Case number: 050102
Case 050102. Application for amendment of University examination results - section 17
The applicant's examination record had been amended by the University following his appeal to the Examination Appeals Committee. The applicant remained dissatisfied with his mark, and through the mechanism of FOI, he sought further amendment of his examination record.
The Commissioner restated the view previously expressed by her predecessor in Mrs. ABZ and the Office of the Revenue Commissioners, Case Number 98158 (2000), that section 17 of the FOI Act does not provide an alternative appeal mechanism against a determination by a properly appointed authority. In this case, the Commissioner found that the Examination Appeals Committee was the properly appointed authority for addressing disputes arising from University examination results. She emphasised that the fact that a different assessment of the applicant's performance could be made by others did not provide a basis for amendment of the University's assessment under section 17 of the FOI Act unless it was accepted through the appeals process established by the University's Academic Council that an error had been made. The Commissioner declined to consider the applicant's claim that the Committee failed to accord him natural justice in light of the flexibility of that concept and the inconsequential nature of the amendment sought in this case.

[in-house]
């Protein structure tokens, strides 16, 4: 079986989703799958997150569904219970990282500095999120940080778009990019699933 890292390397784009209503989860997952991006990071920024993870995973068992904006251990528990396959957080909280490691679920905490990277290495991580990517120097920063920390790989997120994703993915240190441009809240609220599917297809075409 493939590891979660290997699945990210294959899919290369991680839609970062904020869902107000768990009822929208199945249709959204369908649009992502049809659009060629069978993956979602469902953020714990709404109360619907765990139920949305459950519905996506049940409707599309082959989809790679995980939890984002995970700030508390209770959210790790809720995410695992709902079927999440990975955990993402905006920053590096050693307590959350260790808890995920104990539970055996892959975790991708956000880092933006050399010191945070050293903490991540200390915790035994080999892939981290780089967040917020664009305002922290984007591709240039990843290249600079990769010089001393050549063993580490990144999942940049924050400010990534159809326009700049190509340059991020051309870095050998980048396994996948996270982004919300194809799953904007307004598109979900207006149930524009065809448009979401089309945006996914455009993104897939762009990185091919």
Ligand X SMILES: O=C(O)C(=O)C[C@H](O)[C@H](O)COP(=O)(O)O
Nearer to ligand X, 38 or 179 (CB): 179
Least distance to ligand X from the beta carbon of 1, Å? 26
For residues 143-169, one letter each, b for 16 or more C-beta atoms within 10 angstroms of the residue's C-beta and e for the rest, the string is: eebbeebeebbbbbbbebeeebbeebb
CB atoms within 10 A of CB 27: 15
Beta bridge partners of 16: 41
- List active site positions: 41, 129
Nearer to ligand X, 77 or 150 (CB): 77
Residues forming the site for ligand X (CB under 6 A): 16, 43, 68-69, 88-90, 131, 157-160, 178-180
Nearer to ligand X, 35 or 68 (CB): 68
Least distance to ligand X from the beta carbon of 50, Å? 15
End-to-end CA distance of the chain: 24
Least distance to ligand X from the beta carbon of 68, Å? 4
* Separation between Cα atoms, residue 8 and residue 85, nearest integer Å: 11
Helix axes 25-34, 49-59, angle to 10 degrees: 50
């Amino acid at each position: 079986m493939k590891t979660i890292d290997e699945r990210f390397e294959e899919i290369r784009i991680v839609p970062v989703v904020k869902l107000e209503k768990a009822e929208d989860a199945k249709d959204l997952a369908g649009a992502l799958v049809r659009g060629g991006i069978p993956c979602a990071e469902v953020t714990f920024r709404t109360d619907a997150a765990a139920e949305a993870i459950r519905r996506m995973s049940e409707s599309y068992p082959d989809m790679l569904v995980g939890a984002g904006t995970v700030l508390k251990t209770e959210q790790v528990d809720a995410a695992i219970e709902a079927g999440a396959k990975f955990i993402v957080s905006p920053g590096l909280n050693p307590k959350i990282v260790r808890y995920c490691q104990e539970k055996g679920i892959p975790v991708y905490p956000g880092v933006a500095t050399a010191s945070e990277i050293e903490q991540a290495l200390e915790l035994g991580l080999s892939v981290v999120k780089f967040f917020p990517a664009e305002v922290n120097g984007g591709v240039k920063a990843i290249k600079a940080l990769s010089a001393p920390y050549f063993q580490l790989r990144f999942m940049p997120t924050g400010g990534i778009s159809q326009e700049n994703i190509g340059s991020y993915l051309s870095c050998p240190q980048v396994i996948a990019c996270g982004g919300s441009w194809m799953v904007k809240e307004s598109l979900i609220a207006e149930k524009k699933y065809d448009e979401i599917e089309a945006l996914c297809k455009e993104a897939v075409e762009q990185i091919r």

Our Reference: 050102
Dear Mr. X
I refer to the review of the decision by University College Dublin ("the University") in relation to your application under section 17 of the Freedom of Information Acts, 1997 and 2003 ("the FOI Act") for amendment of the marks awarded to you in your XXX Examination. Having completed my review, I affirm the University's decision.
In carrying out my review, I have had regard to your application for review, your submissions, and the submissions made by the University. I note that Ms. Melanie Campbell, Investigator, wrote to you on 21 July 2005 explaining her preliminary view on the matter. Having noted the contents of your written reply, I have decided to conclude the review by issuing a binding decision.